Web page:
It was in the emotionally devastating final scene which, with the dying Gilda in Rigoletto’s arms, makes one think both of a kind of inverted pietà (i.e. with a father cradling his daughter rather than a mother her son) and also of Lear and Cordelia, that I entirely forgot about the setting in Washington. Here was something which transcended issues of location, something one could experience ‘straightforwardly’ as an archetypal instance, a moment of almost mythical power.

Indeed, it is on the level of the powerfully archetypal that the narrative of Rigoletto operates – of quintessential family relationships, of the interaction of love and lust, love and death, innocence and experience, good and evil, and of eternally recurrent character types (‘absolutes’ might be a better word) – rather than in the depiction of a specific historical time or situation. This is a universal, ahistorical work. In one sense, thus, it doesn’t much matter in what time and place a director chooses to set it. Afterall Piave and Verdi (with some assistance from the censors) had already shifted the action from the Royal Court of France (in Hugo’s play) to the ducal court of Mantua. But the director who makes the setting one which, in time and place, is at odds with many details of the narrative can hardly avoid creating clashes which distract and mislead his or her audience. I cannot believe that an audience in 2019 watching a production set in Renaissance Mantua would fail to comprehend Rigoletto’s relevance to their contemporary world, while discerning its ahistorical universality, especially if it was played and sung as well as it was on this occasion.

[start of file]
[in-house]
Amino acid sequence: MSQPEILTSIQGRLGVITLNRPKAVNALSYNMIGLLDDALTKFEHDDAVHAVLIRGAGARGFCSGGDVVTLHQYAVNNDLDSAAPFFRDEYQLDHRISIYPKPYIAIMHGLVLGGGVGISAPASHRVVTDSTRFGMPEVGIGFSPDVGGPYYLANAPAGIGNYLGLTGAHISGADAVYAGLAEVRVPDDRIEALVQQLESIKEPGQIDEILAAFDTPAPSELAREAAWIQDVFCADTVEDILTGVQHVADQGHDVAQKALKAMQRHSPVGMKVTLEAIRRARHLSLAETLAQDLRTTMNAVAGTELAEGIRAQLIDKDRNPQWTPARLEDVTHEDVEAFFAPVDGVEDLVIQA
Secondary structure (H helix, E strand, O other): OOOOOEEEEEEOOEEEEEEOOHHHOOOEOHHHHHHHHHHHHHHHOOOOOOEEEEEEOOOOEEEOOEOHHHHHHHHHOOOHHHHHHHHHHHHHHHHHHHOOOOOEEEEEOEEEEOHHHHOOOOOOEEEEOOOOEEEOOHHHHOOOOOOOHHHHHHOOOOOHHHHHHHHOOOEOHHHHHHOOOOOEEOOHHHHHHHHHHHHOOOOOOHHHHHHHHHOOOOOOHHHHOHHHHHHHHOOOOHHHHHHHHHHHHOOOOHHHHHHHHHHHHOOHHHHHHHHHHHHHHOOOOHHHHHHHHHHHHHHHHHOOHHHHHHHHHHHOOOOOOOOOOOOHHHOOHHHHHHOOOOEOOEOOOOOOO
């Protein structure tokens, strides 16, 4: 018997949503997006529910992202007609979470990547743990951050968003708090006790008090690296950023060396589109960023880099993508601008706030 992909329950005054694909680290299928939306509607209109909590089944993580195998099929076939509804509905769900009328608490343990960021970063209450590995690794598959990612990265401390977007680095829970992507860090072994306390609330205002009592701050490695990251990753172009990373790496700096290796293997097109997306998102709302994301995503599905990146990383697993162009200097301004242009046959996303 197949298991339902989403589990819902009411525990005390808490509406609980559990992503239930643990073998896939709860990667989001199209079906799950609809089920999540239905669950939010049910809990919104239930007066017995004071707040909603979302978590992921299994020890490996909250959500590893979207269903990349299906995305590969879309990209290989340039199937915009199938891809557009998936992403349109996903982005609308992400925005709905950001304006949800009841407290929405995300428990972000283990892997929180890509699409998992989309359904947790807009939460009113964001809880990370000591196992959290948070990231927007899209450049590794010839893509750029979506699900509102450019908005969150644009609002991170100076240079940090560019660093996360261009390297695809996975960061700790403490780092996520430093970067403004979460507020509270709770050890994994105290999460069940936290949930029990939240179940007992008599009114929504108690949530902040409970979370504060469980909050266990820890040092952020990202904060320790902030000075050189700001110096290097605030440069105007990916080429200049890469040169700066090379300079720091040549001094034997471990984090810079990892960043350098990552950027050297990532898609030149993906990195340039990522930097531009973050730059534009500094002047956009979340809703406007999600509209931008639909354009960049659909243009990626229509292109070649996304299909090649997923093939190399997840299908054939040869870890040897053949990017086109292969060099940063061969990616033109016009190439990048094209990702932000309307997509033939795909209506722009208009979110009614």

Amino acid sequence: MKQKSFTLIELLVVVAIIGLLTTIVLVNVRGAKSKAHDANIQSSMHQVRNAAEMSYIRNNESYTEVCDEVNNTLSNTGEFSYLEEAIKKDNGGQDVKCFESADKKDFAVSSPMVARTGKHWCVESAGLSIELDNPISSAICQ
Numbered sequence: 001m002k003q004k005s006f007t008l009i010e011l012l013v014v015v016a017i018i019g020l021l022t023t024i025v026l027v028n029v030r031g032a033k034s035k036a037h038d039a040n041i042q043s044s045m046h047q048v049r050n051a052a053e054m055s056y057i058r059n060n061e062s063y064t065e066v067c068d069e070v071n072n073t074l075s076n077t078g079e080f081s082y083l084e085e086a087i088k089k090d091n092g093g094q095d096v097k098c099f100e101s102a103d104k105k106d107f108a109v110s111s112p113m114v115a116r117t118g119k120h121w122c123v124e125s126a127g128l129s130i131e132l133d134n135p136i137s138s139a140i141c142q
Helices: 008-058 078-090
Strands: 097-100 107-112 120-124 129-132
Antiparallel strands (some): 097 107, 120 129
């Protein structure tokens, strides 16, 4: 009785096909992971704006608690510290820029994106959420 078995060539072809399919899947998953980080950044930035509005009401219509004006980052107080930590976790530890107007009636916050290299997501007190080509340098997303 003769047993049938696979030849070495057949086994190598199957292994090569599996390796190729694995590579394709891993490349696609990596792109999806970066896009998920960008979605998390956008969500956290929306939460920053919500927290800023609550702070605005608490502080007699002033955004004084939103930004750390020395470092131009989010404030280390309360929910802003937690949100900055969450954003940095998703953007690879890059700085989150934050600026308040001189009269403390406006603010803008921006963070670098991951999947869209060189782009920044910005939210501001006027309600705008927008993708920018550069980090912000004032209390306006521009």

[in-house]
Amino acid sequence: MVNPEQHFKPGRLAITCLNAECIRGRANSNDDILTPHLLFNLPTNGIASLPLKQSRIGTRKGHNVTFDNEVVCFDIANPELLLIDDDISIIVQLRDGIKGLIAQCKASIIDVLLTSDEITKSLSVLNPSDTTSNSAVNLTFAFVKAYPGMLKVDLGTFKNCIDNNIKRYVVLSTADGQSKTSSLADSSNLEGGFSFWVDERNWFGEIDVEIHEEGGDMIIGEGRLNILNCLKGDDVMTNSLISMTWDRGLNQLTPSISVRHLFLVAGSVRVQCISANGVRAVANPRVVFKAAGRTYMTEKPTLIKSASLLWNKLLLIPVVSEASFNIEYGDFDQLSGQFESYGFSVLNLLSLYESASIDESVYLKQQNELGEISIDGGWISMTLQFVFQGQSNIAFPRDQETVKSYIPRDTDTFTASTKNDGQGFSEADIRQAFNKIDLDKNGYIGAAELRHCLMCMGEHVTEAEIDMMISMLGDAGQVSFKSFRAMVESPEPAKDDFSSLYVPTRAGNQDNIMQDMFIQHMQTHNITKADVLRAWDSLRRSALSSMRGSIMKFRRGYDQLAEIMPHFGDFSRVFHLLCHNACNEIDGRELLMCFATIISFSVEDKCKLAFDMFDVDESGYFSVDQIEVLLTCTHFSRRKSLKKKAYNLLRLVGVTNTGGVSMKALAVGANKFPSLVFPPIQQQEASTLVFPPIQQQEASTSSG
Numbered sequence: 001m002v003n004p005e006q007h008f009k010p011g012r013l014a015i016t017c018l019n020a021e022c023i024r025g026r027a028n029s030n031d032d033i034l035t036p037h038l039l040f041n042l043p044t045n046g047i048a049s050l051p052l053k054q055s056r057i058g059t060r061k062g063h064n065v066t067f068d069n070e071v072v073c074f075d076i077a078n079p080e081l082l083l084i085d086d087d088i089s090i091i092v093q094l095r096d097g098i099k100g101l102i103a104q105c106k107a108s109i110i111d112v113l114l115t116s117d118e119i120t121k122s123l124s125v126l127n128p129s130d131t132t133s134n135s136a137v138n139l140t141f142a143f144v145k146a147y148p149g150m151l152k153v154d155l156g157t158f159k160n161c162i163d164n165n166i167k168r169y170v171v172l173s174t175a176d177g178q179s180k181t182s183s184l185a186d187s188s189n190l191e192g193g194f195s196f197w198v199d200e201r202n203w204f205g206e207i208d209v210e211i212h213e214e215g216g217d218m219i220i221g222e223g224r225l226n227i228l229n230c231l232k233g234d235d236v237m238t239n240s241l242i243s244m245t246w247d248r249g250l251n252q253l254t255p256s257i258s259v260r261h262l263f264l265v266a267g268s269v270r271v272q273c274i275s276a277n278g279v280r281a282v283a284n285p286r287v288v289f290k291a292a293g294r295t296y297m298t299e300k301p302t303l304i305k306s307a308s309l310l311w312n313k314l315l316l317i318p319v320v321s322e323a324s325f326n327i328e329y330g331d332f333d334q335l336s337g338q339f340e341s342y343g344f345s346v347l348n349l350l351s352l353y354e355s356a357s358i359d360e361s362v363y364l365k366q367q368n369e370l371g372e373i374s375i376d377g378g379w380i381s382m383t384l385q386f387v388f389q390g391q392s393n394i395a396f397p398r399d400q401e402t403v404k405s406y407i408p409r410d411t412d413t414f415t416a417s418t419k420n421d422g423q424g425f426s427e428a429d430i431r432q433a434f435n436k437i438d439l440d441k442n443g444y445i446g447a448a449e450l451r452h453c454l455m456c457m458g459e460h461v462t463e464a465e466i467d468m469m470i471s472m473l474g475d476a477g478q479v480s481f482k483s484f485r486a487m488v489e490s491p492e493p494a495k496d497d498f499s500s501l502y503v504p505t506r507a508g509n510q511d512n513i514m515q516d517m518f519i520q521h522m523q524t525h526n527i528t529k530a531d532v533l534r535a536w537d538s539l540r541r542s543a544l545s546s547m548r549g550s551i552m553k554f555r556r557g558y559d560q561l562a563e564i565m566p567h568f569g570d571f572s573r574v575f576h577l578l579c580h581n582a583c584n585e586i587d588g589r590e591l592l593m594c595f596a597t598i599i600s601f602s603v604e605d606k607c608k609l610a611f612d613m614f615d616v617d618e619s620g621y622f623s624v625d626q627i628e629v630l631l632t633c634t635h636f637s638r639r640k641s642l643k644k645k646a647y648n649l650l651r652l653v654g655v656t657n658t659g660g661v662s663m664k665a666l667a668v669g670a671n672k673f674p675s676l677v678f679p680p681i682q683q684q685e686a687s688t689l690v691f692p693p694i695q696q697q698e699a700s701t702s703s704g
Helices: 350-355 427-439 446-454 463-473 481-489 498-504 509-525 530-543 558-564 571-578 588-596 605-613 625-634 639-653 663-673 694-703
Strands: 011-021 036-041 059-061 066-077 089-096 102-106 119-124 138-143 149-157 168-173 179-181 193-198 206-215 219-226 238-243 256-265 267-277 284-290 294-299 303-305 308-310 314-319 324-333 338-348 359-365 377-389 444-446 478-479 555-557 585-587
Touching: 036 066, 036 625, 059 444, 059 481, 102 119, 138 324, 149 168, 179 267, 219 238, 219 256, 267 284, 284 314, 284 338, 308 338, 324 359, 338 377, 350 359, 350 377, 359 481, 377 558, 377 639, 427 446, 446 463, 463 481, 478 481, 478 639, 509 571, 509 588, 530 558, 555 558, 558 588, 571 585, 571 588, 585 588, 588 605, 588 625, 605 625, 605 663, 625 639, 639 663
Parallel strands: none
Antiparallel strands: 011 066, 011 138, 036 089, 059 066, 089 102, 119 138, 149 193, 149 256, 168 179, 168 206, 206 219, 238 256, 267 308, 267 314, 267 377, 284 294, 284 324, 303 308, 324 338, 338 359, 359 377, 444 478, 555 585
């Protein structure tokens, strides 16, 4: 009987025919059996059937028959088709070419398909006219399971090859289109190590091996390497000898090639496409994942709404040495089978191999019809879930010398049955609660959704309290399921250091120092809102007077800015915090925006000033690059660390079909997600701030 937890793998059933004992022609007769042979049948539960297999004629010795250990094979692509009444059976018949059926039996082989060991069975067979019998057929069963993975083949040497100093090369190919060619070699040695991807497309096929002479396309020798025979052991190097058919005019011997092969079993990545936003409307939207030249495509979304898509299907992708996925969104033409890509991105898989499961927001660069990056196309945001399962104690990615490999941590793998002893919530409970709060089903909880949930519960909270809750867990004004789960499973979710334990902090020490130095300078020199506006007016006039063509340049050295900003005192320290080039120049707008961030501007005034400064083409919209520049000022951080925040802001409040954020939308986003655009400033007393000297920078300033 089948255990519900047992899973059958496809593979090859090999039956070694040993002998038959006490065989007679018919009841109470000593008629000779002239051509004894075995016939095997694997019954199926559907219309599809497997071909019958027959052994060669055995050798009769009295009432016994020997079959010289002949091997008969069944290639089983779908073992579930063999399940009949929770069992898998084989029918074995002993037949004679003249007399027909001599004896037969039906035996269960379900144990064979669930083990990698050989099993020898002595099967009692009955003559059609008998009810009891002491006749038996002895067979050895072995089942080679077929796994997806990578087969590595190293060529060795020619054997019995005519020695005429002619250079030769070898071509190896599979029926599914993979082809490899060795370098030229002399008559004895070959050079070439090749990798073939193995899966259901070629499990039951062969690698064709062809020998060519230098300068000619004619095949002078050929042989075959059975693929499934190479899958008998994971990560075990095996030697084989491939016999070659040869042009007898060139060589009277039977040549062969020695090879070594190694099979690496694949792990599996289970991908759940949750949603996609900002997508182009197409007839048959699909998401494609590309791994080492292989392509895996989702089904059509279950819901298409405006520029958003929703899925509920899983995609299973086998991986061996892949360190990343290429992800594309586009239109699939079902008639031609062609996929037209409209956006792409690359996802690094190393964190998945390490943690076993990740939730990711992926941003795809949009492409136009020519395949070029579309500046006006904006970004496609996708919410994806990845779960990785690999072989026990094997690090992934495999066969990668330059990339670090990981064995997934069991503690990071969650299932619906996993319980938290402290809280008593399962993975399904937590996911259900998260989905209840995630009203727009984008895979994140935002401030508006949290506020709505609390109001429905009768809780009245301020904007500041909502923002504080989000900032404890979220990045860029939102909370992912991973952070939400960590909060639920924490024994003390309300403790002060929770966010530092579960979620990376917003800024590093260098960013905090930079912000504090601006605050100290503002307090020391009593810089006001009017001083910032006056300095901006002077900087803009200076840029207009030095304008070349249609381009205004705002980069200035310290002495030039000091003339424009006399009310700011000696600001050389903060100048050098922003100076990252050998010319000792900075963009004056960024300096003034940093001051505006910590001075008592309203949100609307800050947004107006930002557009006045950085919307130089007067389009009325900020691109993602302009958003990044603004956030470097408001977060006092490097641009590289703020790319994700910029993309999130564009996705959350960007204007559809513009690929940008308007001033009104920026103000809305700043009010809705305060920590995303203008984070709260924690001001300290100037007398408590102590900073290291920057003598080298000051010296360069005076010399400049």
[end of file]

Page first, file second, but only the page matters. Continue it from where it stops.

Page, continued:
Glyn Pursglove